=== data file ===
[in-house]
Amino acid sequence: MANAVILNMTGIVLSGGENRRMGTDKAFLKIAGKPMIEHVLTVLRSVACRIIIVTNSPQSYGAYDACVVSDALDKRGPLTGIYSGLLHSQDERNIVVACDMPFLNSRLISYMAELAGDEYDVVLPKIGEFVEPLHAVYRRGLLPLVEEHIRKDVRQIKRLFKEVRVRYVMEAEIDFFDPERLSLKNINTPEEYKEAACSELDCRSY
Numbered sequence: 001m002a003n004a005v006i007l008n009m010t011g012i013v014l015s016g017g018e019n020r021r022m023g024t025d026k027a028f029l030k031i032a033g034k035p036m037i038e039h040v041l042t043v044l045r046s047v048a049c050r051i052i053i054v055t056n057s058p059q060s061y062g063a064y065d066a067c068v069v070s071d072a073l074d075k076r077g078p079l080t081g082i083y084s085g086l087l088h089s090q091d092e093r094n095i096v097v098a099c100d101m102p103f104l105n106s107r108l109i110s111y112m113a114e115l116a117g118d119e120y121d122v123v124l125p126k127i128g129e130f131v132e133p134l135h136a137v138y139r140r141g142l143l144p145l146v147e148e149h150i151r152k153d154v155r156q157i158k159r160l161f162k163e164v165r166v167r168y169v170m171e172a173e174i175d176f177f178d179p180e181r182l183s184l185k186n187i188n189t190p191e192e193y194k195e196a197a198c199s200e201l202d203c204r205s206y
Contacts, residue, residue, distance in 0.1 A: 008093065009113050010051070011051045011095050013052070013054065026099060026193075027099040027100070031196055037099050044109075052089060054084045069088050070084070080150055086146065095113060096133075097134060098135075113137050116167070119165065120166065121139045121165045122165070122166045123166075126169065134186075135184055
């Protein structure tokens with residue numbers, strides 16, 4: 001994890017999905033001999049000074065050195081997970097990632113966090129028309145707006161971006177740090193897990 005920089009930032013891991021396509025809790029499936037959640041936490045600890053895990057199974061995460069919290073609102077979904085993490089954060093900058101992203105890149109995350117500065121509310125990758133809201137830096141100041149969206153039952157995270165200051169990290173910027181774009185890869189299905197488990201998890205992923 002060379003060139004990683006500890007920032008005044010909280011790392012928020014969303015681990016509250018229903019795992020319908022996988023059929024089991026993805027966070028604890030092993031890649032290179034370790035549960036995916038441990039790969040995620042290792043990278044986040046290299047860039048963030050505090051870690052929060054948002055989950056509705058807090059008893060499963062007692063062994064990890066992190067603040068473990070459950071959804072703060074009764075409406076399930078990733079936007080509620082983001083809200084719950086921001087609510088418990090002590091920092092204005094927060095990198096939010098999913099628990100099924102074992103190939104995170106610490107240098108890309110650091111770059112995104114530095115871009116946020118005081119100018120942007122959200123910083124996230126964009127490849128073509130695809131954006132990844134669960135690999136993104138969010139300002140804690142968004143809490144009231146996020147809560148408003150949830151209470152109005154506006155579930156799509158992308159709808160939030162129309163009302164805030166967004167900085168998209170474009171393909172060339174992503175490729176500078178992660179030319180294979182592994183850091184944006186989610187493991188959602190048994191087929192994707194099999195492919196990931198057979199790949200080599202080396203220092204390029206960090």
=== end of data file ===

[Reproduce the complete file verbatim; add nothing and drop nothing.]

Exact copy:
[in-house]
Amino acid sequence: MANAVILNMTGIVLSGGENRRMGTDKAFLKIAGKPMIEHVLTVLRSVACRIIIVTNSPQSYGAYDACVVSDALDKRGPLTGIYSGLLHSQDERNIVVACDMPFLNSRLISYMAELAGDEYDVVLPKIGEFVEPLHAVYRRGLLPLVEEHIRKDVRQIKRLFKEVRVRYVMEAEIDFFDPERLSLKNINTPEEYKEAACSELDCRSY
Numbered sequence: 001m002a003n004a005v006i007l008n009m010t011g012i013v014l015s016g017g018e019n020r021r022m023g024t025d026k027a028f029l030k031i032a033g034k035p036m037i038e039h040v041l042t043v044l045r046s047v048a049c050r051i052i053i054v055t056n057s058p059q060s061y062g063a064y065d066a067c068v069v070s071d072a073l074d075k076r077g078p079l080t081g082i083y084s085g086l087l088h089s090q091d092e093r094n095i096v097v098a099c100d101m102p103f104l105n106s107r108l109i110s111y112m113a114e115l116a117g118d119e120y121d122v123v124l125p126k127i128g129e130f131v132e133p134l135h136a137v138y139r140r141g142l143l144p145l146v147e148e149h150i151r152k153d154v155r156q157i158k159r160l161f162k163e164v165r166v167r168y169v170m171e172a173e174i175d176f177f178d179p180e181r182l183s184l185k186n187i188n189t190p191e192e193y194k195e196a197a198c199s200e201l202d203c204r205s206y
Contacts, residue, residue, distance in 0.1 A: 008093065009113050010051070011051045011095050013052070013054065026099060026193075027099040027100070031196055037099050044109075052089060054084045069088050070084070080150055086146065095113060096133075097134060098135075113137050116167070119165065120166065121139045121165045122165070122166045123166075126169065134186075135184055
């Protein structure tokens with residue numbers, strides 16, 4: 001994890017999905033001999049000074065050195081997970097990632113966090129028309145707006161971006177740090193897990 005920089009930032013891991021396509025809790029499936037959640041936490045600890053895990057199974061995460069919290073609102077979904085993490089954060093900058101992203105890149109995350117500065121509310125990758133809201137830096141100041149969206153039952157995270165200051169990290173910027181774009185890869189299905197488990201998890205992923 002060379003060139004990683006500890007920032008005044010909280011790392012928020014969303015681990016509250018229903019795992020319908022996988023059929024089991026993805027966070028604890030092993031890649032290179034370790035549960036995916038441990039790969040995620042290792043990278044986040046290299047860039048963030050505090051870690052929060054948002055989950056509705058807090059008893060499963062007692063062994064990890066992190067603040068473990070459950071959804072703060074009764075409406076399930078990733079936007080509620082983001083809200084719950086921001087609510088418990090002590091920092092204005094927060095990198096939010098999913099628990100099924102074992103190939104995170106610490107240098108890309110650091111770059112995104114530095115871009116946020118005081119100018120942007122959200123910083124996230126964009127490849128073509130695809131954006132990844134669960135690999136993104138969010139300002140804690142968004143809490144009231146996020147809560148408003150949830151209470152109005154506006155579930156799509158992308159709808160939030162129309163009302164805030166967004167900085168998209170474009171393909172060339174992503175490729176500078178992660179030319180294979182592994183850091184944006186989610187493991188959602190048994191087929192994707194099999195492919196990931198057979199790949200080599202080396203220092204390029206960090």